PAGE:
Change, Change, Change. How change can be controlled, predictive and beneficial.
I live in such a dichotomy of time and space sometimes; for I love change and I love consistency.
Is that why I’m consistently changing?
Regardless of my self indulgent musings it’s important for today’s organizations to embrace change; plan for it, learn from it and create the environment for good change.
As a leader and scrum professional I am often charged with the responsibility of introducing change – or given targets that require a marked difference in the delivery.
One of the very first things I do before even mapping out the change, is understand the lay of the land as it is now.
This is such an important step because knowing what (especially who) the challenges are and where the quick good wins can be made will help to break down ‘historical inertia’.
Often action plans for change don’t include this very important step, which is unfortunate because I’ve seen enthusiastic people charge ahead with a new methodology or process without realizing they have actually swept away good people and good knowledge.
My steps for getting the big picture is built around being a Third Culture Kid and the study of what it means to be human – not industry processes, not fancy methodologies – just simple old fashioned understanding of people.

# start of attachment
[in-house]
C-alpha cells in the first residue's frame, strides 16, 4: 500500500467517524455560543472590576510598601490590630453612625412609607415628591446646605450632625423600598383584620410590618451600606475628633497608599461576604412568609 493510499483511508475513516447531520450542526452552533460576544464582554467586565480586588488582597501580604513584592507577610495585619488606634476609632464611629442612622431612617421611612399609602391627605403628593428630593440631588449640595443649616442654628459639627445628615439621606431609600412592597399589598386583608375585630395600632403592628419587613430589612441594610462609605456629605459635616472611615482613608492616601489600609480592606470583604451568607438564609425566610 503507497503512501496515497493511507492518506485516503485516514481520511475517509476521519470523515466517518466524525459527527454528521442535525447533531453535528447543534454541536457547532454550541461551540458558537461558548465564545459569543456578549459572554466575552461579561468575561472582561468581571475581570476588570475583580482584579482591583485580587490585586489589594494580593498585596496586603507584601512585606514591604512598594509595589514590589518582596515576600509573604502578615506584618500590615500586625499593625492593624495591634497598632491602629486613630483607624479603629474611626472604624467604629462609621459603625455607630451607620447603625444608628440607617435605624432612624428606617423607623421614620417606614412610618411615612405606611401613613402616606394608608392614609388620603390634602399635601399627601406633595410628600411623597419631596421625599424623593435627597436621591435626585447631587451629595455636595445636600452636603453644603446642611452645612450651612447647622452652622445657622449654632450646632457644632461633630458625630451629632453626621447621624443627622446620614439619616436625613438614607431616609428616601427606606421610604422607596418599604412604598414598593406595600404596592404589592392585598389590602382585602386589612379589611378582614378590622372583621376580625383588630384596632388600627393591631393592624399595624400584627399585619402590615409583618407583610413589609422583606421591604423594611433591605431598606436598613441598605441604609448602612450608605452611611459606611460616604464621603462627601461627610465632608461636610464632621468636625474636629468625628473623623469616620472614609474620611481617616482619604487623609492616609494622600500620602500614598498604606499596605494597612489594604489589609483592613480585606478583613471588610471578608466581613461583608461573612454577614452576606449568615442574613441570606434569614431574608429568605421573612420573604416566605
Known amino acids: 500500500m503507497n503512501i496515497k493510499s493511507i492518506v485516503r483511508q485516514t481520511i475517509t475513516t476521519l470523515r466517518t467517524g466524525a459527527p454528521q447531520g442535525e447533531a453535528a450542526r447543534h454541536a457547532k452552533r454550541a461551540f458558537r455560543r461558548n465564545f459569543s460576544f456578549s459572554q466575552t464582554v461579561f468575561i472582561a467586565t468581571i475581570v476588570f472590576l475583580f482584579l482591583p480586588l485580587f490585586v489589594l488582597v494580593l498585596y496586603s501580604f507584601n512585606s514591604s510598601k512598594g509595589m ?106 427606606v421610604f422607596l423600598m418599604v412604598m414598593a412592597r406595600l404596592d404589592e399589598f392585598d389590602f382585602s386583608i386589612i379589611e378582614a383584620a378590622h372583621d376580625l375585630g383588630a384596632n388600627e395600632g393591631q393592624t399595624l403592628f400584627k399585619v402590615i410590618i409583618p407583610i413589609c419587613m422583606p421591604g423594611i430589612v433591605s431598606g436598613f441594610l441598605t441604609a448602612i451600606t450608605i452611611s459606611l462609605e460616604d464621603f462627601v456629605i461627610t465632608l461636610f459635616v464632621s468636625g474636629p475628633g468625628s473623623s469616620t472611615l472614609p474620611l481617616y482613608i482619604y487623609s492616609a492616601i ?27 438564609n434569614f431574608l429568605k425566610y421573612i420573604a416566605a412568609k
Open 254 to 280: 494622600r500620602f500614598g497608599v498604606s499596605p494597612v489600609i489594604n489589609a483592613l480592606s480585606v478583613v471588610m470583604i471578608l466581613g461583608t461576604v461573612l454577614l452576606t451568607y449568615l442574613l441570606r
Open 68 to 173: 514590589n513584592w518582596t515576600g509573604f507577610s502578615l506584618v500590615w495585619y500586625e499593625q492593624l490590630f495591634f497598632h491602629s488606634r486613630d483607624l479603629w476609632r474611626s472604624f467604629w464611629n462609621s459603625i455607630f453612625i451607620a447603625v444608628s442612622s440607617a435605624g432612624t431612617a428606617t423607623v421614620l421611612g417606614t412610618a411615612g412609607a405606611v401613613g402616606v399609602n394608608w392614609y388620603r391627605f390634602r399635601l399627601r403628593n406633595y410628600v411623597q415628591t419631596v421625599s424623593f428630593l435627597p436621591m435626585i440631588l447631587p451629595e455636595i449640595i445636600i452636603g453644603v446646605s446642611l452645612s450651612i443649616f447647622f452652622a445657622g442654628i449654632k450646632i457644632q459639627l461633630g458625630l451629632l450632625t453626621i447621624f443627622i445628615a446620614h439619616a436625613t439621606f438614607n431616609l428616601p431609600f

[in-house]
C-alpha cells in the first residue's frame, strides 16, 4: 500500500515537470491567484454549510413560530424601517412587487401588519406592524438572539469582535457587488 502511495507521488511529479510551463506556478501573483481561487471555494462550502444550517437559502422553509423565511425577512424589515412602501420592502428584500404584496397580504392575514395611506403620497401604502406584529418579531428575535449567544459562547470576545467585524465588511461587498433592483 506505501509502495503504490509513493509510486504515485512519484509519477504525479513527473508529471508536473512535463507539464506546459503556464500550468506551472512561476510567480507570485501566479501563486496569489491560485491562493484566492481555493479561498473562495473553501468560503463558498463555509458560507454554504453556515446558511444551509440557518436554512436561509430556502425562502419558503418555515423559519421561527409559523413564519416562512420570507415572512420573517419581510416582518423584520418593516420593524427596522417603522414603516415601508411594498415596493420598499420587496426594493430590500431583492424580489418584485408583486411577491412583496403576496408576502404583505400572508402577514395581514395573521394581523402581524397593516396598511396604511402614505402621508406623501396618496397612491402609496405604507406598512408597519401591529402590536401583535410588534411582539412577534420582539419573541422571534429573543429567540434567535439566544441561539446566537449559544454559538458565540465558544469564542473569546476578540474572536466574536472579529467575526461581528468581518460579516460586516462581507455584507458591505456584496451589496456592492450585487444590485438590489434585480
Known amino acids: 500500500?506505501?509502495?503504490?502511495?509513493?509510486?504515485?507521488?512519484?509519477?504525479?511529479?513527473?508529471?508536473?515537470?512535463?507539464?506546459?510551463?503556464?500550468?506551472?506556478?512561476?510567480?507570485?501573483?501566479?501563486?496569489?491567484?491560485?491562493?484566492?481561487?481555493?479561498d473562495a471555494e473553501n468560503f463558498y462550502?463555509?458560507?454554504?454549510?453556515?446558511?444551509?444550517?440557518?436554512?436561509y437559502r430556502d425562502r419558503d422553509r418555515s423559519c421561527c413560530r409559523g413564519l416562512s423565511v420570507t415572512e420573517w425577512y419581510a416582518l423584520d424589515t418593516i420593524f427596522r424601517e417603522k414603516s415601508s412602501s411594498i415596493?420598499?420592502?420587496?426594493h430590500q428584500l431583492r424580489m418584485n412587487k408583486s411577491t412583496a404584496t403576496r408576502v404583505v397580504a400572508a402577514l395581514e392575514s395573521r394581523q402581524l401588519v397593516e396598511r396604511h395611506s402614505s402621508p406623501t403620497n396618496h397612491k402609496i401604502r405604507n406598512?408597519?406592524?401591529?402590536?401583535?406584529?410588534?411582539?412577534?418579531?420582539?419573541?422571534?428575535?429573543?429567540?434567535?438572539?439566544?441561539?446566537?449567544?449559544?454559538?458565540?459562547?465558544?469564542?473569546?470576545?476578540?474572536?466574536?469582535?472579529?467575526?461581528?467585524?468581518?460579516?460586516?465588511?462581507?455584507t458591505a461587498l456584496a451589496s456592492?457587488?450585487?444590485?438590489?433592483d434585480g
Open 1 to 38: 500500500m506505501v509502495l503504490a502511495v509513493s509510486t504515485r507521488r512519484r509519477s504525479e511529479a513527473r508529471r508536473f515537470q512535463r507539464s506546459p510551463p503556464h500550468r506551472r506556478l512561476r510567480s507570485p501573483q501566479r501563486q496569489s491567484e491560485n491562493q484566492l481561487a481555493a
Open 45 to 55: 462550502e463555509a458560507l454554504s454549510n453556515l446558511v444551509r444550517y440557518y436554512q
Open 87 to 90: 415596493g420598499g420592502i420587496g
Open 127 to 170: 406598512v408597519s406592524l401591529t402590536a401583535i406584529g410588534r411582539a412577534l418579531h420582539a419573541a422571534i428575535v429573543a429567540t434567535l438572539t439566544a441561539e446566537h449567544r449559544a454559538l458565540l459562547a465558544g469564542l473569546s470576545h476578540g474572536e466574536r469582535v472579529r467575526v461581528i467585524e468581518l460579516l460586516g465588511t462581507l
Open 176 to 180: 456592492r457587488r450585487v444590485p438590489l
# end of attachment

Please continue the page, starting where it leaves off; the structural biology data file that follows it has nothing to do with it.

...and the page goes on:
Every Third Culture Kid knows that when you move to a new land (country, culture, school, university, business, party…) you;
a) Identify the sub-cultures that drive the real procedures
b) Identify the ‘drivers’ of those sub-cultures
c) Work out an exit strategy in the case of clashing
d) Understand why the need to change – what’s the real pay offs?
e) Who wants what ‘they want’, who doesn’t want what ‘they want’
f) What style do ‘they respond to’
g) What is there ‘listening’ – are they individual, community orientated, gender orientated etc.
h) What’s the cost, the pain, the suffering and the willingness to sacrifice
and finally – where’s the tipping point for a culture to change?
Someone once said to me in response to me saying “I can’t stand politics”;
“yes, and you are actually very good at it”.
This isn’t a political agenda – it’s a proactive human practice to ensure the integrity of what happens is understood by all parties who need to be involved in changing their organisation. It is also more efficient to speak french to a french-person and English to an English-person, so why do we constantly try to force people to speak one language, or our own language.
What’s they lay of your land? Are you about to embark on a change management agile process? Would you travel from Rome to Moscow on the wrong side of the road, and never embrace the cultures along the way? Would you not sit back and look at a map, or would you just head east?